The LEGO bricks are still on the floor this morning. This is a compliance failure and an enforcement failure. I fetched the child’s first yogurt of the morning and issued a warning. “LEGO that doesn’t get picked up gets sucked up into the vacuum cleaner!” It just happens. I’m not trying to do it. I just can’t guarantee that if you don’t put your LEGO back that we can get all of your LEGO back.
I have forgotten, if I ever knew, about how coffee rings form. And Google sucks. Nearly every morning I pour myself a cup of coffee. Hot, iced, whatever — into a clean vessel, a mug or glass, often straight from the dishwasher having been run the night before. Every time (or every time I think to look) there is instantly a small ring puddle, a footprint of the vessel, on the counter.
Far up the river, 22 years ago, daydreaming and looking out the window “that’s not how you land at Albany,” or a thought to that effect.
Well that is not where it landed.
I will not forget that, and all the hell that ensued that day and for decades to come. It isn’t over.
Or “Can there be closure for a wound carved by systemic failure?" I’ve visited on or close to the anniversary more years than not since I’ve been an adult in the region with access to a car. This time felt like a little bigger deal—a big round number. It is 30 years to the day since we lost my uncle. This time it was more explicitly acknowledged that my going was on behalf of the whole family.
Adobe to discontinue Creative Cloud syncing — this is probably the push I need to ditch Lightroom and move to a different cataloging tool (on top of my other cloud and local storage) and a different editor/“darkroom” tool. I do miss Aperture.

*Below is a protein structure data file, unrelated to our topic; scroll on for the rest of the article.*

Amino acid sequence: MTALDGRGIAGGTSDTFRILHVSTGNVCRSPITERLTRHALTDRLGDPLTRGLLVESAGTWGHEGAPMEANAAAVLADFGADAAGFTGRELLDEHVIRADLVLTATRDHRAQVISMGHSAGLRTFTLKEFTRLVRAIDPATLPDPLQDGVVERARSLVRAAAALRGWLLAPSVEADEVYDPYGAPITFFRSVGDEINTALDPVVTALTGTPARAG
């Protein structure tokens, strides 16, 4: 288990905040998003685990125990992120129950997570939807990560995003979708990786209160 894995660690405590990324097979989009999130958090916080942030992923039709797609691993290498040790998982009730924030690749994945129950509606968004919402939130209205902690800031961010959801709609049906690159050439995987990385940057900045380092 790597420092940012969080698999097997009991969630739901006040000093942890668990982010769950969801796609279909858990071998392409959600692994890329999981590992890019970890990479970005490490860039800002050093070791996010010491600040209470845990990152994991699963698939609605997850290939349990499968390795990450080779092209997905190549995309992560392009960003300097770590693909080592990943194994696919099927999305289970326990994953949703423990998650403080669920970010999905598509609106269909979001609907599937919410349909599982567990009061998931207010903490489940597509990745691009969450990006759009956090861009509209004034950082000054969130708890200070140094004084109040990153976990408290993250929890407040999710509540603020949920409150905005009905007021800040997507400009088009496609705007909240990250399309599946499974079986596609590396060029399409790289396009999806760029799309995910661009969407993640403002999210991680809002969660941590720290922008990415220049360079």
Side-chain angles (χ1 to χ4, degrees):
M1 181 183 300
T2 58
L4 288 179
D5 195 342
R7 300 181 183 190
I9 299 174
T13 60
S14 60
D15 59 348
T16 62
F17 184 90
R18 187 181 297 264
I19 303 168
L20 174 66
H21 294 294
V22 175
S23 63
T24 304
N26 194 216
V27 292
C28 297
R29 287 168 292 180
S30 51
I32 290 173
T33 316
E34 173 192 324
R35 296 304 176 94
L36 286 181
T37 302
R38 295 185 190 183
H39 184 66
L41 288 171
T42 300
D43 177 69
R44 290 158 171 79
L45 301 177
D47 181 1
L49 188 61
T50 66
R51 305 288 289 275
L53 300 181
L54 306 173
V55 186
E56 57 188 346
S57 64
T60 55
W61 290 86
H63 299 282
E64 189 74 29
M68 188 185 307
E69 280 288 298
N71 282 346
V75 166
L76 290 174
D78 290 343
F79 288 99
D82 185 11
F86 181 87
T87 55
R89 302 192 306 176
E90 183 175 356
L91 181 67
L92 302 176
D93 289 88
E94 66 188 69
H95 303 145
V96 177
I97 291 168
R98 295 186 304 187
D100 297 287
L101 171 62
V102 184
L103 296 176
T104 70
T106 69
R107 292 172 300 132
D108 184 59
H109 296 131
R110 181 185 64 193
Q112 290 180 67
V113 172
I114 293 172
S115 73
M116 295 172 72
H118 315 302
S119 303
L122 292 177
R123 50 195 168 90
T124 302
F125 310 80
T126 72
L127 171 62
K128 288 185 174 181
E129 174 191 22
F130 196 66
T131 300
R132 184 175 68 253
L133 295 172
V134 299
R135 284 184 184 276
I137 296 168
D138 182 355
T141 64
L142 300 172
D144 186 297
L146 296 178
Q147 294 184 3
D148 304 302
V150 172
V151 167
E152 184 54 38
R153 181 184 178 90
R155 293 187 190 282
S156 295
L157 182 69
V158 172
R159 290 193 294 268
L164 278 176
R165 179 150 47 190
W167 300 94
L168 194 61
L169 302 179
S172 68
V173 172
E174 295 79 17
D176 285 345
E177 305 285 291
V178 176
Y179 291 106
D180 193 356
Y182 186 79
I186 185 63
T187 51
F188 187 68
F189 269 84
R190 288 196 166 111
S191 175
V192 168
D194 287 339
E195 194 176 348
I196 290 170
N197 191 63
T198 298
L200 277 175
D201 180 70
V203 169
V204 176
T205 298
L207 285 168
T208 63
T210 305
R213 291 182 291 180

I never met her but I was touched by her work. I knew of her as an open web advocate, as the creator of valuable resources (I own(ed) two of her books as I taught myself into something like the early stages of a career). I saw the fight she, Zeldman, and others were leading as a fundamental underpinning to my (and any) more overtly political fights. And aren’t we all (re)learning that lesson now.
A single cow can belch up to 264 pounds of methane in a year, the equivalent of burning almost 4,000 pounds of coal or driving a gas-powered car about 9,000 miles. That’s why climate advocates say people should eat less beef if they want to help ease climate change. … Who, exactly, comprises that group? “There’s some of everybody,” Rose said, but men and people between the ages of 50 and 65 are most likely to be big beef eaters, the study found.
Today is the first day of school in Washington, D.C. Every year this heralds a spike in traffic across our neighborhoods: School zones have an active impact on traffic flow again, more people walking and in crosswalks at intersections, parents who use cars to drop off kids and commute are suddenly out on the road at the same time, the few school buses D.C. uses for specific purposes are now on the road, etc.
I couldn’t take much of the Republican debate (there was already bile pooling in my mouth just after it began) after I heard the sui-eco-cidal answers to the climate crisis question.